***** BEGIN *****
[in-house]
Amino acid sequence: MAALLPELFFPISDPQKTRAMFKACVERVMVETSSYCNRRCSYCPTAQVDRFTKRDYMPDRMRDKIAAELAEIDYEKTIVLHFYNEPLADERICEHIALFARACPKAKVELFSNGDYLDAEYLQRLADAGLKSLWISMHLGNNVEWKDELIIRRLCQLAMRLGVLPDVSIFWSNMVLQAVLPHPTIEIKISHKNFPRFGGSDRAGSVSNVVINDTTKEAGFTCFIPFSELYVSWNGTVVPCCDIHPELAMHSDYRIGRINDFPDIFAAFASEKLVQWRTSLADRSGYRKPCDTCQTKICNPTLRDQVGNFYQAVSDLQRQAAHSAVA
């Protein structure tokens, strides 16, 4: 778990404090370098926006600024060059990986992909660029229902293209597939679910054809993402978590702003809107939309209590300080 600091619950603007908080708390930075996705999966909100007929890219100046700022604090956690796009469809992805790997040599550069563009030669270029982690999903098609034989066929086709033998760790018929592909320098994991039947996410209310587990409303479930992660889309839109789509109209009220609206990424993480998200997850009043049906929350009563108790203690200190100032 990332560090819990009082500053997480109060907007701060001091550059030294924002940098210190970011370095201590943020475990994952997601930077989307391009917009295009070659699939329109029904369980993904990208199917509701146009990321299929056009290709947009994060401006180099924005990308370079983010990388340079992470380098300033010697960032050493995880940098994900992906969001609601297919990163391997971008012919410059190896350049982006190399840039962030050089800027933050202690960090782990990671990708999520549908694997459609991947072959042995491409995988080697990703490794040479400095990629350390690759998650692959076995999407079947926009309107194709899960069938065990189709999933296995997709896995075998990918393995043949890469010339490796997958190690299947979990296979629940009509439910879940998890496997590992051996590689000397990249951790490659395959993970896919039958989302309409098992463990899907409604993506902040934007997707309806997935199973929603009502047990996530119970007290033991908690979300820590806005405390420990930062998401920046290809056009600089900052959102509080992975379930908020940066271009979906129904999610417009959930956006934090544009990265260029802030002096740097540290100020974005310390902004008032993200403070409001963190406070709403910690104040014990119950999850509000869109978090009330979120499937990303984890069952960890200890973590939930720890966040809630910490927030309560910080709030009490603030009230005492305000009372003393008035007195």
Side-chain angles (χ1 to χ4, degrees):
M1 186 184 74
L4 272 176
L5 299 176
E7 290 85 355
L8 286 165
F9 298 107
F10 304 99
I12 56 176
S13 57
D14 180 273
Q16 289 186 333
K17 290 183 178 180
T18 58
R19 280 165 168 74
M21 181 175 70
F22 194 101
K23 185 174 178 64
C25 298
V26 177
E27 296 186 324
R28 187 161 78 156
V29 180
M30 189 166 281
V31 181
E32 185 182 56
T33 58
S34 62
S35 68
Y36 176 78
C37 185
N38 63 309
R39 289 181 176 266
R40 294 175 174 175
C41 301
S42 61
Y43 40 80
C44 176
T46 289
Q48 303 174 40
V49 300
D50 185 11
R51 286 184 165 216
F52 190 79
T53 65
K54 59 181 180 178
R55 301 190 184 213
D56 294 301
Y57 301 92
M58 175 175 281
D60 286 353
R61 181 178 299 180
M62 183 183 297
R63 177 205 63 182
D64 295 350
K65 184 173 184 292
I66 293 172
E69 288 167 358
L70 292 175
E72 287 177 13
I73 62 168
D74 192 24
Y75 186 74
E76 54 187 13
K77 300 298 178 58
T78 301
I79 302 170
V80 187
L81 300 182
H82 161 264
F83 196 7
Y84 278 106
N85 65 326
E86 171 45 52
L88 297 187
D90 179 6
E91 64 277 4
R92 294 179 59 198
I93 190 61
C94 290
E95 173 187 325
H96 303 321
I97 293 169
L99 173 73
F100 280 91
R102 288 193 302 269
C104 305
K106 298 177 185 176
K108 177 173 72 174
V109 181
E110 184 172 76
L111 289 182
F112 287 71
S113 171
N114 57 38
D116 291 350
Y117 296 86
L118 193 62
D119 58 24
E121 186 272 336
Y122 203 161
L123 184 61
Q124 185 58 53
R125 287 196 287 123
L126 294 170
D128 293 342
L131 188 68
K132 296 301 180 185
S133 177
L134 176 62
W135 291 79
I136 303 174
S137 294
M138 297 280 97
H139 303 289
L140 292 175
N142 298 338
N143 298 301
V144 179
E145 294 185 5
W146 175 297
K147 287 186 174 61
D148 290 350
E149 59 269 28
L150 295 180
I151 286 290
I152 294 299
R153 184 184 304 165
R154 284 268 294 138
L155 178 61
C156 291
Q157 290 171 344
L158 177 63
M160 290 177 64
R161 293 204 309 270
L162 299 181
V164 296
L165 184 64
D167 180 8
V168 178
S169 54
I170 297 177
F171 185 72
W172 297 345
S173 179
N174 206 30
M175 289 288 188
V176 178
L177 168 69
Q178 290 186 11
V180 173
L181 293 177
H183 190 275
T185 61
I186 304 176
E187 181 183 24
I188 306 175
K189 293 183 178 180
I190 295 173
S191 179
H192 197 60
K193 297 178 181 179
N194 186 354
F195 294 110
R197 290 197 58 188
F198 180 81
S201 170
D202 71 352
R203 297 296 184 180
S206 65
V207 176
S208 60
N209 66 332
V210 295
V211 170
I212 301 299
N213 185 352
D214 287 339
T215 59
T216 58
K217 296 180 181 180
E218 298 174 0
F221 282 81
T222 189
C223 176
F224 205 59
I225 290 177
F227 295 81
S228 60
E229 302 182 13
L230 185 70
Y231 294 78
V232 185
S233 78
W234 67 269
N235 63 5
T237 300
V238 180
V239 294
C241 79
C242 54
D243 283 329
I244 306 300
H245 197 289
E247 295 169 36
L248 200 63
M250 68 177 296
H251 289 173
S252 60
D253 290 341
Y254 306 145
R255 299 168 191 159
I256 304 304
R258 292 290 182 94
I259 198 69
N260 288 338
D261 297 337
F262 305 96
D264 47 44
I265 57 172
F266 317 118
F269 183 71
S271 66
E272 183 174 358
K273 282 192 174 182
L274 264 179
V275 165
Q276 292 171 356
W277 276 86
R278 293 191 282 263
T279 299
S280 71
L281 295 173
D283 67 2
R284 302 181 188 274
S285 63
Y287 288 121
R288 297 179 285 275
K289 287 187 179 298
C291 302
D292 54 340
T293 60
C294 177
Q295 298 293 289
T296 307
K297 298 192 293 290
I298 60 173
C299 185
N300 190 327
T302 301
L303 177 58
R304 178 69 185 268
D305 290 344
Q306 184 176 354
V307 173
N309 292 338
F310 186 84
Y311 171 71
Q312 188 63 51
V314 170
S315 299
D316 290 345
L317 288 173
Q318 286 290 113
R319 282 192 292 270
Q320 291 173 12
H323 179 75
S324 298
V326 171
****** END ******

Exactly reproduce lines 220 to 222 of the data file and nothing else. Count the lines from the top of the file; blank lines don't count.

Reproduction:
D261 297 337
F262 305 96
D264 47 44